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Mike Naylor

This poem starts with the question in the trunk of the tree, where we imagine that we are deciding to do or not to do something. Each level represents steps in making the decision, with the top indicating a resolution in the future. Phrases wander and change direction, leading to different results. How many paths to a resolution do you see?

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Janet Sharp and Rachael M. Welder

Students notoriously struggle with division of fractions in 5 key areas. Hear what those 5 areas are and how recommendations address the limitations.

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Nevin Iliev and Frank D'Angelo

Enable children of all backgrounds to move beyond their current knowledge base and make culturally relevant mathematical connections.

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Clare V. Bell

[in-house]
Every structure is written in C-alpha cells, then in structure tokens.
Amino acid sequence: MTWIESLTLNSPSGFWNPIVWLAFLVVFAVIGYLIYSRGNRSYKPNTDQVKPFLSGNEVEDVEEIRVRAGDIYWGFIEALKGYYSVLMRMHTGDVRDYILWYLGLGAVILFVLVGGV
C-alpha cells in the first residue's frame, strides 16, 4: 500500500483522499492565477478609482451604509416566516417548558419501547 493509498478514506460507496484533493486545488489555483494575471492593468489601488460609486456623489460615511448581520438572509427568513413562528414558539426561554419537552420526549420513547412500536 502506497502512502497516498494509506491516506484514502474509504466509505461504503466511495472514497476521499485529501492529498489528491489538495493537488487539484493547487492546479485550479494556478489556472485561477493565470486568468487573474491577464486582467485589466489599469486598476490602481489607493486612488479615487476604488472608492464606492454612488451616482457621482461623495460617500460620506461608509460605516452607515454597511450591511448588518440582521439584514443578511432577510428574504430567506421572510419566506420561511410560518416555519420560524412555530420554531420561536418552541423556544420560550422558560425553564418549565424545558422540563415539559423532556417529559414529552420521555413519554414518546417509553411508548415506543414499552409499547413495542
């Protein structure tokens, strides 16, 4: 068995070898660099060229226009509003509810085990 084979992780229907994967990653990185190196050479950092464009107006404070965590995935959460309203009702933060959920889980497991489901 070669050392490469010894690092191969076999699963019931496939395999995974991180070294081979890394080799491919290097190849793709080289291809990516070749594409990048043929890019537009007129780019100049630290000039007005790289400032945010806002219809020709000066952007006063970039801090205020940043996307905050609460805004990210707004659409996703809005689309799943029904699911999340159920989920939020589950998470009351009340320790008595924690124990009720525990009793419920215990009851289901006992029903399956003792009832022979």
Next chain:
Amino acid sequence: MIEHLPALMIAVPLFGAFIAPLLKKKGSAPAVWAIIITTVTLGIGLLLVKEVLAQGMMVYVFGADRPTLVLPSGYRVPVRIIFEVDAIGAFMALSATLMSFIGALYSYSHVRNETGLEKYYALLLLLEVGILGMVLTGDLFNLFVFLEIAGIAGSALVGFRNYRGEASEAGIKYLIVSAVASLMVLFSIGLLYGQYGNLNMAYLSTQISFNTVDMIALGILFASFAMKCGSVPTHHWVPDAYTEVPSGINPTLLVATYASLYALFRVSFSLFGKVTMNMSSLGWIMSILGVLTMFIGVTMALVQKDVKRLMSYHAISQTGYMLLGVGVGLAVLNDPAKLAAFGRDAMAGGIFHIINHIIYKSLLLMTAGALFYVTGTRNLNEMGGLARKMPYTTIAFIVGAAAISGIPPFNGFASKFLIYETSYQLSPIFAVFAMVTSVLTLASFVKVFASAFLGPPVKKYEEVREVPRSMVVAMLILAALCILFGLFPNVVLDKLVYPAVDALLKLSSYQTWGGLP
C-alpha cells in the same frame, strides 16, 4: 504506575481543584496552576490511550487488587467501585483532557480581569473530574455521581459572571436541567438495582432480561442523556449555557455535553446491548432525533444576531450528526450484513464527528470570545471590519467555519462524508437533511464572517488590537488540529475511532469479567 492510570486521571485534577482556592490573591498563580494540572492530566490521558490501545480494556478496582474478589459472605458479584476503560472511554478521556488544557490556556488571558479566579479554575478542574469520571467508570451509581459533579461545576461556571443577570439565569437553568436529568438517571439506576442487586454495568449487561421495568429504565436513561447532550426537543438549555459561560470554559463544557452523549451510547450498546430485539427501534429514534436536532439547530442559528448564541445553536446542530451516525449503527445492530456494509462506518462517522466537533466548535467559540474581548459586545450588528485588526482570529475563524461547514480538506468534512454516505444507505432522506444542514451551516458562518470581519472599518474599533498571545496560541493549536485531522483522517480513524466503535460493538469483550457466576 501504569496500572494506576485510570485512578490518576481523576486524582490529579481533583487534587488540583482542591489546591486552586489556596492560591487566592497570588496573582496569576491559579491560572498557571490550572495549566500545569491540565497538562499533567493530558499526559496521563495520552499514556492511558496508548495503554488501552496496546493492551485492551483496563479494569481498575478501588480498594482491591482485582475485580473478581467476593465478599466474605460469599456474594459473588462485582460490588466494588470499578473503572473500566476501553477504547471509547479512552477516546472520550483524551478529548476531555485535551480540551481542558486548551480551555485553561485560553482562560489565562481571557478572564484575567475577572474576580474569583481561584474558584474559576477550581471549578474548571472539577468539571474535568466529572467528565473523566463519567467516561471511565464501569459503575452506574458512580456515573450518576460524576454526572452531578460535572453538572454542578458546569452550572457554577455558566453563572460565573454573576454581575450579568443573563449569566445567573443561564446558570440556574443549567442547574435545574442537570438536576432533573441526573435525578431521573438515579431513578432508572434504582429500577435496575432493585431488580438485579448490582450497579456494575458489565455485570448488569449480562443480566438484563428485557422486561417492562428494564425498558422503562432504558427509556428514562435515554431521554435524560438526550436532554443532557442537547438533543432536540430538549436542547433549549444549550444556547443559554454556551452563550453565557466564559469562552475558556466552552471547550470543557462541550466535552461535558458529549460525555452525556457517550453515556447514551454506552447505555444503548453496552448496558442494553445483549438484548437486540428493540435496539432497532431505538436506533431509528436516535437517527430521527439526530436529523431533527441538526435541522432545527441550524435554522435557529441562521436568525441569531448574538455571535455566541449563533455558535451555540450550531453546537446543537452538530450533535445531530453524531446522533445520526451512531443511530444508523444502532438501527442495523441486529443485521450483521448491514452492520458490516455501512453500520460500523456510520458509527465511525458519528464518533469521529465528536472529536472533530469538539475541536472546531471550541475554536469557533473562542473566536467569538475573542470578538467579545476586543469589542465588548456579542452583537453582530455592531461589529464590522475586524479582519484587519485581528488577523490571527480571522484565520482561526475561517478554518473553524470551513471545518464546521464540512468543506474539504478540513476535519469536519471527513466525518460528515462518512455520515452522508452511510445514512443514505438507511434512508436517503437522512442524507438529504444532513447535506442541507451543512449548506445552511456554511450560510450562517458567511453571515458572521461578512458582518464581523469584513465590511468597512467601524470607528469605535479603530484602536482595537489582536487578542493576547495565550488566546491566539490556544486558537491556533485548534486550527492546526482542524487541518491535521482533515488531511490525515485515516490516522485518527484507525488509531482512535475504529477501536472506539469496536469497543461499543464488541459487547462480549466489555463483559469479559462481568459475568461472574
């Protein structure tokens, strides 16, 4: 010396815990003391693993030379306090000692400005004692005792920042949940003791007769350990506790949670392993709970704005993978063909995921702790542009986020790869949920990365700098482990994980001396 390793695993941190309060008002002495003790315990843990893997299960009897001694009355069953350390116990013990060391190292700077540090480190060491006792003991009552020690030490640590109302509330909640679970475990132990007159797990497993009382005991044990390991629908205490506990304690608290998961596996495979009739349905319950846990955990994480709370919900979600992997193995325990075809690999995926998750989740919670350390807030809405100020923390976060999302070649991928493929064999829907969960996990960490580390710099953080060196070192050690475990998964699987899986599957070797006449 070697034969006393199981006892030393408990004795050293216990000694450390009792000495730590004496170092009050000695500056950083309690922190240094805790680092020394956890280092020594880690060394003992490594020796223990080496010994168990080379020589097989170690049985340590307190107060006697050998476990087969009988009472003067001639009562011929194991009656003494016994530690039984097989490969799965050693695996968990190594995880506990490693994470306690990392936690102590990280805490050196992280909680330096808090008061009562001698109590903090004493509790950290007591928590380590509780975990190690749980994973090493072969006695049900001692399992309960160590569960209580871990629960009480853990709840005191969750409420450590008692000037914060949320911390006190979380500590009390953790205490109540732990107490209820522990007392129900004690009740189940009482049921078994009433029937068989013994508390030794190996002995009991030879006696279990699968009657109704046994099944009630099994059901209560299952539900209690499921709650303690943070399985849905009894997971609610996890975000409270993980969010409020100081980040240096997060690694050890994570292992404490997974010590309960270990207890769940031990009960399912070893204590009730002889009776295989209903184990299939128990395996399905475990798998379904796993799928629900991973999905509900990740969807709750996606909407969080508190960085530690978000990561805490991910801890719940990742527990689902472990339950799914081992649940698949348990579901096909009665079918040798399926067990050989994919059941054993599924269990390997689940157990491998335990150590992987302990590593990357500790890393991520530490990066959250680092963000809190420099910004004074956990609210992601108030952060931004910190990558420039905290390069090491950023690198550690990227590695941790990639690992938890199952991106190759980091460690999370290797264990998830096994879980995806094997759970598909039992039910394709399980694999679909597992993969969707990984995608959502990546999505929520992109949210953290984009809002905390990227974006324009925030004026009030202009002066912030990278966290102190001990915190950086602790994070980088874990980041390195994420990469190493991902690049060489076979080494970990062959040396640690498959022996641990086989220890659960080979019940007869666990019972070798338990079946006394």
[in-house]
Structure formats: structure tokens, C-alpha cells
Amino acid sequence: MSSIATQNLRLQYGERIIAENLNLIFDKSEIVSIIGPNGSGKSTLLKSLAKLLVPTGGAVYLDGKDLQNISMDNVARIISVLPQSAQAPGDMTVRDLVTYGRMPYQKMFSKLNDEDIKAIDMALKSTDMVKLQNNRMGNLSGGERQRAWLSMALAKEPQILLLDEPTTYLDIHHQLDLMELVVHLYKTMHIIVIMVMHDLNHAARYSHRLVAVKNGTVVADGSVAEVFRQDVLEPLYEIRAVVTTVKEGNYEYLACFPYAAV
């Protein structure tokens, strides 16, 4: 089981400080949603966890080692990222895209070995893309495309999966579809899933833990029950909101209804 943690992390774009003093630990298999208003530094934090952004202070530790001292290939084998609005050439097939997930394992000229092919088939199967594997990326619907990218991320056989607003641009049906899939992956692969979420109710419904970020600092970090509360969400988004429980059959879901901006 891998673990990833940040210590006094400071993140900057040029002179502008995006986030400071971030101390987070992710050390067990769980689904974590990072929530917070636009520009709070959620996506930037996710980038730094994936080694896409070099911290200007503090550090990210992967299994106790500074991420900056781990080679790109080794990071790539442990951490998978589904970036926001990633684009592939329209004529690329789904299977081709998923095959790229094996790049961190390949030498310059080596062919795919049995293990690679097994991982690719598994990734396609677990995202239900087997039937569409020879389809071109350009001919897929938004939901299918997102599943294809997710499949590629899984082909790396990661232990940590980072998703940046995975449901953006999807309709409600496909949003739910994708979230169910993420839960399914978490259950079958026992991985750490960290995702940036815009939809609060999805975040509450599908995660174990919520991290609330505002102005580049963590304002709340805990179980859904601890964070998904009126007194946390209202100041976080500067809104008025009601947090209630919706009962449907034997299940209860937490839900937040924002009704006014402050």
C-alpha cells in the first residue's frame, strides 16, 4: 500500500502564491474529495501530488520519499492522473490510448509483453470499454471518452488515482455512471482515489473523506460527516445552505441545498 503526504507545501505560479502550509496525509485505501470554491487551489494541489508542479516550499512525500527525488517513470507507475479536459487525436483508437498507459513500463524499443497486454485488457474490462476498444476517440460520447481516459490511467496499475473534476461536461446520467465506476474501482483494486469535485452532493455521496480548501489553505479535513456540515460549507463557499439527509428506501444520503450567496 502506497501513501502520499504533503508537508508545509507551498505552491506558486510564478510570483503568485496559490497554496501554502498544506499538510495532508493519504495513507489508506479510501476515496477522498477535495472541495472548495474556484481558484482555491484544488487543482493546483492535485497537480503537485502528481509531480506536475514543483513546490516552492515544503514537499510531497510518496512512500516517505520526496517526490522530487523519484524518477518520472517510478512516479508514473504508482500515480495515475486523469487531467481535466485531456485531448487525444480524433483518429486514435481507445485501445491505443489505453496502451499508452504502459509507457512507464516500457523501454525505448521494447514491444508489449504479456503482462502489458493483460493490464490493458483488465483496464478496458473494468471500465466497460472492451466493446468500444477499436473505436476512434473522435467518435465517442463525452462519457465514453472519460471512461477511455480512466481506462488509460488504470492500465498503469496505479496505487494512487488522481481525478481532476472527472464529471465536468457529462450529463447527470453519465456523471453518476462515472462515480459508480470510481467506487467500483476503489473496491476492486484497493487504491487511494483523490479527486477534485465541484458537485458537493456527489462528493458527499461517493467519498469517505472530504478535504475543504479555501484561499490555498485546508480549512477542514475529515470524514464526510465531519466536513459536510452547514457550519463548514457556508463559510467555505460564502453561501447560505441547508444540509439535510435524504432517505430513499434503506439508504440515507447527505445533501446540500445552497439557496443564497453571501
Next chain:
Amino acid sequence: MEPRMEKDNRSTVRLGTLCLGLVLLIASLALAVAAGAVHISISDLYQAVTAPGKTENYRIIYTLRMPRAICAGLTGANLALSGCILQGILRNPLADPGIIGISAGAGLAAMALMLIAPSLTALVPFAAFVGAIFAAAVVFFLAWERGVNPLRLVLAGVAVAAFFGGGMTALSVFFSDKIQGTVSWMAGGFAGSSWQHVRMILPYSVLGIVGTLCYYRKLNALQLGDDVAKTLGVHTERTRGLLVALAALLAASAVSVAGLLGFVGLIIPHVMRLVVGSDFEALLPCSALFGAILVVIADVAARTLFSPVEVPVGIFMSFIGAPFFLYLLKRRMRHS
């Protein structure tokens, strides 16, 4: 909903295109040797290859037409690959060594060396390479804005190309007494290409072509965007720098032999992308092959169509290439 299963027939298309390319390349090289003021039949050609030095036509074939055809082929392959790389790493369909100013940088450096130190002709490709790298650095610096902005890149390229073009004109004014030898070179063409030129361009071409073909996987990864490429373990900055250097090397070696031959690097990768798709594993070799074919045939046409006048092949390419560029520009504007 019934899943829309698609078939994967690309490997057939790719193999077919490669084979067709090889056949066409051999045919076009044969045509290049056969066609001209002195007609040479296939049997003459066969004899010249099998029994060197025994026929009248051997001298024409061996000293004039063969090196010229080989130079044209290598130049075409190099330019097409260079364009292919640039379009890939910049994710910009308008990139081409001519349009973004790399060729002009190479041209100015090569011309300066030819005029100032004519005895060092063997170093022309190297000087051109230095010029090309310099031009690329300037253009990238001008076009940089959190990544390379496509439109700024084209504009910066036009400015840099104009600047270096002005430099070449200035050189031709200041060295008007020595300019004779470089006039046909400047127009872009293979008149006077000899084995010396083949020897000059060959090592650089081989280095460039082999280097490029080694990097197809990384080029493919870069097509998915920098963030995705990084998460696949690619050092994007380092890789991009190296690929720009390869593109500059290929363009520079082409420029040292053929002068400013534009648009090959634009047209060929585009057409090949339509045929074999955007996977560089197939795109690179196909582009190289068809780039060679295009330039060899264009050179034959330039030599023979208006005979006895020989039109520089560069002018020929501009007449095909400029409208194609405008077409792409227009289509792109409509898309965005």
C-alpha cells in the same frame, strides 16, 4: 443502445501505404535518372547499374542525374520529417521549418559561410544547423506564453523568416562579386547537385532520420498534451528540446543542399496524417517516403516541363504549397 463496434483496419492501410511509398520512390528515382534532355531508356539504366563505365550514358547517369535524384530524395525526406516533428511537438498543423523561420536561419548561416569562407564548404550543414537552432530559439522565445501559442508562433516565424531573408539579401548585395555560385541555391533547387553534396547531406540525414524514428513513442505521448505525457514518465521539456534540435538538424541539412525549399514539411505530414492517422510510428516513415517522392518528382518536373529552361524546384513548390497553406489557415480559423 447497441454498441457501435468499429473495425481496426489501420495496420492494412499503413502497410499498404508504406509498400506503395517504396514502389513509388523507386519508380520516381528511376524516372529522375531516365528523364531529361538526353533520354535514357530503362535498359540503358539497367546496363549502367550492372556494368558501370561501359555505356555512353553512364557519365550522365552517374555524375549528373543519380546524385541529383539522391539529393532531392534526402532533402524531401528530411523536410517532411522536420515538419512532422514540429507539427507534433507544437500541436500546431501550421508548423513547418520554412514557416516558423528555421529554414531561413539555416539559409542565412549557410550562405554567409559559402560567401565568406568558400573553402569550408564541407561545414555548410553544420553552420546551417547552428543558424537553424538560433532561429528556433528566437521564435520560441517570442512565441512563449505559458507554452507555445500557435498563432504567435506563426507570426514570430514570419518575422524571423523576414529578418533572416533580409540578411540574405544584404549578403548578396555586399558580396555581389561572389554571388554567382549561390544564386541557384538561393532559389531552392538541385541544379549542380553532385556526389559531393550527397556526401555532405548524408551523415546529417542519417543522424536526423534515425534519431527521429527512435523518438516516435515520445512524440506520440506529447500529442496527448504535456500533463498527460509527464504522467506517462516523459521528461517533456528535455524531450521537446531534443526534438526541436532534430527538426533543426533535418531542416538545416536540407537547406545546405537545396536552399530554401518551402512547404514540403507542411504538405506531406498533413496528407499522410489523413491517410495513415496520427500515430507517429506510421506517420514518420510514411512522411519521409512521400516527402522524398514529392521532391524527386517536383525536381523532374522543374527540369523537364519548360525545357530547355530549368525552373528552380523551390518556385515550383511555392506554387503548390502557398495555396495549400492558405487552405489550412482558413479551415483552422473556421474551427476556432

First graders in an urban public school actively engage with math by using the story Bean Thirteen as a context for developing number sense.

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Terri L. Kurz and Barbara Bartholomew

To support mathematical investigations, use this framework to guide students in constructing art-based and technology-based literature.

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Donna Christy, Christine Payson, and Patricia Carnevale

Various works of literature are explored in light of the math that can be gleaned from their pages; includes activity sheets.

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Lynn Columba

It is a “read”-letter day when storybooks, thinking strategies, and physical materials can use a splash of whimsy and fun to introduce multiplication facts to third graders.

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Terri L. Kurz and Barbara Bartholomew

A mathematical analysis of Dr. Seuss's classic literature is explored.

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Trena L. Wilkerson, Tommy Bryan, and Jane Curry

Using candy bars as models gives students a taste for learning to represent fractions whose denominators are factors of twelve.